Critical Need #3: To Feel Accepted
“To feel accepted as individuals in their own right, with their own uniqueness, and not treated as…objects to be shaped in the image of what [we] believe [our] ideal [spouse] should look like.”
I’ve written elsewhere about how objectifying our spouses and kids undermines our relationship with them. When we treat spouses as objects—which includes: trying to mold them into who we want them to be, instead of loving who they already are—we act insincerely, dwell on a desired future vs. the present at hand, and foster disconnection and mistrust.
Understanding that our spouses are different from us, and worthy of our acceptance and love not only despite, but because, of those differences, enhances friendship between us and fans the flames of intimacy.
Critical Need #4: To Feel Included
“To be brought in, to be made to feel a part of things, to feel connected to other people, to have a sense of community.”
One of the surest signs that a relationship is strained is a persistent desire to spend time with our kids or friends or at work, instead of with our spouses. In lieu of collaborating, and working as a team, we avoid each other and foster bonds elsewhere.
In and of itself, turning to our children for connection and to create community is great. But when we do so as a substitute for connecting with spouses, we put undue pressure on our kids to fulfill us, and we forfeit relationship satisfaction in the process. Learning how to reconnect with each other, despite our differences, despite the demands of parenting, feeds our desire to feel included and an integral part of our family.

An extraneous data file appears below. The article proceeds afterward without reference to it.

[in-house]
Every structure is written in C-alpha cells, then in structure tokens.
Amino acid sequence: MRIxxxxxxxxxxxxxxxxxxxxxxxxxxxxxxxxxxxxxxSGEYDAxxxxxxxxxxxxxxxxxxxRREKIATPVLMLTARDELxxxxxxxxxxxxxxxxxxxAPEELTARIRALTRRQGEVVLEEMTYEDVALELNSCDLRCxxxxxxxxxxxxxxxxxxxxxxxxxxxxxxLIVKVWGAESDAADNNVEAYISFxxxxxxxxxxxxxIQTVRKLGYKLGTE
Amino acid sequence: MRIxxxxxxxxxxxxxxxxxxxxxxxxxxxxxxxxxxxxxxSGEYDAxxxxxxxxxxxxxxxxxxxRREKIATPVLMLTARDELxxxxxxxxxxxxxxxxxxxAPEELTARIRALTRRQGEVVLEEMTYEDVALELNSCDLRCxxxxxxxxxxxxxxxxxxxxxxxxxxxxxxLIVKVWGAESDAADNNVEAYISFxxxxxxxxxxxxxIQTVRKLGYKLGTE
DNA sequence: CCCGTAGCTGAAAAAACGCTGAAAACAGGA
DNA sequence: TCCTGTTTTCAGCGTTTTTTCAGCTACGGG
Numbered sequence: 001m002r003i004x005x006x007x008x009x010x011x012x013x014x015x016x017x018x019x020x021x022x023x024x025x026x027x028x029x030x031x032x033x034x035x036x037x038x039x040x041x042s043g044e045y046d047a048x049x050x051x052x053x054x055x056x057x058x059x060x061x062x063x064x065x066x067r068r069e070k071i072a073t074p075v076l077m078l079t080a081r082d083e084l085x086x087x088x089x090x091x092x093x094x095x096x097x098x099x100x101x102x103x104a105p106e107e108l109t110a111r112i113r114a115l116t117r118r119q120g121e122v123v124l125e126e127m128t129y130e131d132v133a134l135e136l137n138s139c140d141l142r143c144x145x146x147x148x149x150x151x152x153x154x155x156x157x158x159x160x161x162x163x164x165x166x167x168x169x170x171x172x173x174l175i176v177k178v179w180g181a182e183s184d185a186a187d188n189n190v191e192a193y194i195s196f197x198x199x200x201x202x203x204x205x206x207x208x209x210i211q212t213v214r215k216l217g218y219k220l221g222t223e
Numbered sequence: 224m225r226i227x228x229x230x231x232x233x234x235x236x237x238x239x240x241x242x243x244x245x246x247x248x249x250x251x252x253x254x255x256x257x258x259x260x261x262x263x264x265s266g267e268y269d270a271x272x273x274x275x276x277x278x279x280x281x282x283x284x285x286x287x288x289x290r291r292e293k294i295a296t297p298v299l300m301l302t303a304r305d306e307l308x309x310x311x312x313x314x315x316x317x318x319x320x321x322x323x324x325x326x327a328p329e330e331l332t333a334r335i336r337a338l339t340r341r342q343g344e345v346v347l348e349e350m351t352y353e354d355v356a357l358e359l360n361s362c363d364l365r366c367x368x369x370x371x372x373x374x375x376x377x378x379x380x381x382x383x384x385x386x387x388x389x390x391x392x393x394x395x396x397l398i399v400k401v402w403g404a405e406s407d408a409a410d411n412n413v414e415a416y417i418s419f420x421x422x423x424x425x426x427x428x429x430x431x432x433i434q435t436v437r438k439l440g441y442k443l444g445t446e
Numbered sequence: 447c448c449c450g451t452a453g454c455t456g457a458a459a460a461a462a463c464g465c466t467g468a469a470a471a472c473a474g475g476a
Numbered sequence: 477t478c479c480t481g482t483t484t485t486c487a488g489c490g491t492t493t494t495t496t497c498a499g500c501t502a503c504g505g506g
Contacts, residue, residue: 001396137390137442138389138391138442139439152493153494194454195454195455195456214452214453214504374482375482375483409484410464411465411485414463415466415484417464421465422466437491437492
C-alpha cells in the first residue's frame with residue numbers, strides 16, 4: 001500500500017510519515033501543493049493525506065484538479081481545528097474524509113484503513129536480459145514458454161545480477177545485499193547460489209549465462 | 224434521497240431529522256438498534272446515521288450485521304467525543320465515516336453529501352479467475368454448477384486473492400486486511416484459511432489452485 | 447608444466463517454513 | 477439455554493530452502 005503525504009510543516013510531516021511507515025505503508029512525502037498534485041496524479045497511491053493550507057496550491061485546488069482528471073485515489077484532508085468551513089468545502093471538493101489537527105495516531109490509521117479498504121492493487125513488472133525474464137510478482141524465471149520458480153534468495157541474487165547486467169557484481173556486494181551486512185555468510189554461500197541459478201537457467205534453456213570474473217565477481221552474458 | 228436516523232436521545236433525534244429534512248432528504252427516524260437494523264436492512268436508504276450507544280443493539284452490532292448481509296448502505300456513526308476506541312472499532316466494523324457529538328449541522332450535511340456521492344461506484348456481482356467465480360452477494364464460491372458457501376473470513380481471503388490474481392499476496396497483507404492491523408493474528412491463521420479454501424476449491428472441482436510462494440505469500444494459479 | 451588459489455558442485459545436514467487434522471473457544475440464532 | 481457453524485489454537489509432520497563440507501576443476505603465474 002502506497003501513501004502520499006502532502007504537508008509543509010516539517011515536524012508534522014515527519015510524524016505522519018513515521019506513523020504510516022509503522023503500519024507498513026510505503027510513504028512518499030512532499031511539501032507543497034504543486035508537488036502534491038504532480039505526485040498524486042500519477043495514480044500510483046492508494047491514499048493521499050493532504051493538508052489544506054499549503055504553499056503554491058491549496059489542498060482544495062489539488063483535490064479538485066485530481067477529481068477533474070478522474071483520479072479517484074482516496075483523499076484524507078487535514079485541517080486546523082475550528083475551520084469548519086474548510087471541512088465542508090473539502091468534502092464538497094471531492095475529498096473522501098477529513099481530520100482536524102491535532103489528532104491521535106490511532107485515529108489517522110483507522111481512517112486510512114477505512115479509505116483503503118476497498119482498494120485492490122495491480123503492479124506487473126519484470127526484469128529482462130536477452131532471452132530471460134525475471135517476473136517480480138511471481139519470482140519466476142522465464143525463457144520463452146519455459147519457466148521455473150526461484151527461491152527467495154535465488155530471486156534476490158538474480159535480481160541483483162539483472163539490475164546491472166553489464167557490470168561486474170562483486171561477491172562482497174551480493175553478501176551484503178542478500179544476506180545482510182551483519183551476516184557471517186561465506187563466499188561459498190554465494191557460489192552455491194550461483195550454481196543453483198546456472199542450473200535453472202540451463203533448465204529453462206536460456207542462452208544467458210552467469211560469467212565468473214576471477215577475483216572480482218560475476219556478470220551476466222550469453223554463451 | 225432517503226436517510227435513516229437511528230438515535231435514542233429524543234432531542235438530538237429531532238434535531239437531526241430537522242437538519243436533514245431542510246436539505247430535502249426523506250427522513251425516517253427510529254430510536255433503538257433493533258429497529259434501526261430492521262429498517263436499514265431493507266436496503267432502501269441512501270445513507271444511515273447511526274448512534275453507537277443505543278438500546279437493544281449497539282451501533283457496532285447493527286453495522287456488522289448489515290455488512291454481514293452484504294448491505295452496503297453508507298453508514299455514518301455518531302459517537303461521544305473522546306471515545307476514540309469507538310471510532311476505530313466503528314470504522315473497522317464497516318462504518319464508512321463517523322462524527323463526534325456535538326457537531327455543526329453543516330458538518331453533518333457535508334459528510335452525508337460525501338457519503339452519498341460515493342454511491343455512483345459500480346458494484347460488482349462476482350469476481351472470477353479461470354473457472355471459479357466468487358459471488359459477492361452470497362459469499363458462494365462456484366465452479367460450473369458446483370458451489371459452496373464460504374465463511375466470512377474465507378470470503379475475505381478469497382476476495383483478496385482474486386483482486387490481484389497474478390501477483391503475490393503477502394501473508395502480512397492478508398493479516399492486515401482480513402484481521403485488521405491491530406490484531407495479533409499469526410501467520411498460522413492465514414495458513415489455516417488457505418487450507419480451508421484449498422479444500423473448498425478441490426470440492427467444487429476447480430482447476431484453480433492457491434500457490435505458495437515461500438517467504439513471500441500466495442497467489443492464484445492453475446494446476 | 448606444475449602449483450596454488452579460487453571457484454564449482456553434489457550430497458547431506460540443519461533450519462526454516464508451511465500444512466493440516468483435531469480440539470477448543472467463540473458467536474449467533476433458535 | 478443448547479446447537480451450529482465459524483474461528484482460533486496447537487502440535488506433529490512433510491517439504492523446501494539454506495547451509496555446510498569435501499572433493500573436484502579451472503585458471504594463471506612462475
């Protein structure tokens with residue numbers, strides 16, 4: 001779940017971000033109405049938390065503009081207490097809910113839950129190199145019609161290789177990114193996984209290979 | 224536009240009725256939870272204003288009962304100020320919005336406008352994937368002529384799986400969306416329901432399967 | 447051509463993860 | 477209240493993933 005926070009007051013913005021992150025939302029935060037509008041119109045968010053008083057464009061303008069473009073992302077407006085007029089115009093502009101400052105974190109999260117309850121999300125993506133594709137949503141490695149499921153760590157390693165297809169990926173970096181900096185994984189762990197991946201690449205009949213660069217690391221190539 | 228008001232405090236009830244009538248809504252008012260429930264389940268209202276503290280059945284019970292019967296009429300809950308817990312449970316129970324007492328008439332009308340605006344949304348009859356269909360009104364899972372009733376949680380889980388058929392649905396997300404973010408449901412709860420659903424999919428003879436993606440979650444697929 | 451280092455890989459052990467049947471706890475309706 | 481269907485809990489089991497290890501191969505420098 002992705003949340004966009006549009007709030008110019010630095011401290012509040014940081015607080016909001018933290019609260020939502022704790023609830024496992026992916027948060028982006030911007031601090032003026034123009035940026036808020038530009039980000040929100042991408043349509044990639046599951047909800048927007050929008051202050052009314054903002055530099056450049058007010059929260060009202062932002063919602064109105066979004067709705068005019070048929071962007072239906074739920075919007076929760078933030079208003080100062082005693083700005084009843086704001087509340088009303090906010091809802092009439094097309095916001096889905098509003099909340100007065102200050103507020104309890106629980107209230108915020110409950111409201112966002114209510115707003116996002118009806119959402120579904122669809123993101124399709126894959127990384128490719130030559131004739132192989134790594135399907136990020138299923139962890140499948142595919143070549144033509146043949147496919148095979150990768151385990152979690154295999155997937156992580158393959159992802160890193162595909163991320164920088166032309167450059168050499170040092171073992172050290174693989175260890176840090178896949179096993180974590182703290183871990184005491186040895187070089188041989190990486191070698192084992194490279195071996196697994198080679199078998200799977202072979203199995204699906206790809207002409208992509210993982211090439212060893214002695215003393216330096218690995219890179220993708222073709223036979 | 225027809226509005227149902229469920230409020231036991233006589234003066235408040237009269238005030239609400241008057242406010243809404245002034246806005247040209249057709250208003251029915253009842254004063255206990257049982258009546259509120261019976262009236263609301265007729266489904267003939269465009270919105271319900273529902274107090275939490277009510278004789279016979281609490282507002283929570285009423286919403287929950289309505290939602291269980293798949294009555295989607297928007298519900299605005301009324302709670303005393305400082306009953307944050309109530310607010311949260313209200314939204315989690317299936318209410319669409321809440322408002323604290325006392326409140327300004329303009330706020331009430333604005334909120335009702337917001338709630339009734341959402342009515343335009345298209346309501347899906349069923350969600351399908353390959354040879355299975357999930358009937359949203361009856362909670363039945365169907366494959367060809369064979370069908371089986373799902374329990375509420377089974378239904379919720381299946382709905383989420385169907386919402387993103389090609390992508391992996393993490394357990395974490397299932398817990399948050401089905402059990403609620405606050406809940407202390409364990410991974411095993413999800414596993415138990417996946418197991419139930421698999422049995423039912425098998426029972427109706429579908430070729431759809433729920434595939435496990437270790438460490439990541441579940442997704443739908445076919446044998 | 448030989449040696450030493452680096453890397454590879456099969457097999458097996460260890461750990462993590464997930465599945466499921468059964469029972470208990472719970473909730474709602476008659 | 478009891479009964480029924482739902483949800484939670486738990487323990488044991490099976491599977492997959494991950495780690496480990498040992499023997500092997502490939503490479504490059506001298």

Critical Need #5: To Feel Secure
“Security means creating a positive environment where people care for each other and show it, where people express themselves and others listen, where differences are accepted and conflicts resolved constructively….”
Just as we’re not taught to be a spouse or parent, most of us lack skills to reduce conflicts or bypass them altogether. Yet, without know-how to resolve conflicts productively—e.g., to compromise out of choice vs. to appease each other—we often feel insecure in our relationships and unheard or rejected by spouses.
Given that 95% of conversations end the way they begin, one path to conflict-resolution is to become more aware of what we say, why we’re saying it, and the feelings that motivate us to broach a subject.
This can be especially useful if we want to tackle challenging topics. Before starting a conversation, take a moment to evaluate what you want to accomplish and what words might best help you reach your goal.
Every parent knows that our children are among our most inspiring and persistent teachers. They teach us to see the world in new ways, to look at our own childhoods for lessons we want to impart or avoid, to open our hearts wider than we thought possible.
Newmark’s 5 Critical Emotional Needs offer yet another way to learn, this time not from our kids, but with them. As we practice fulfilling their needs in our parenting and our relationships, we’ll all—adults and kids alike—grow up to be healthy and strong.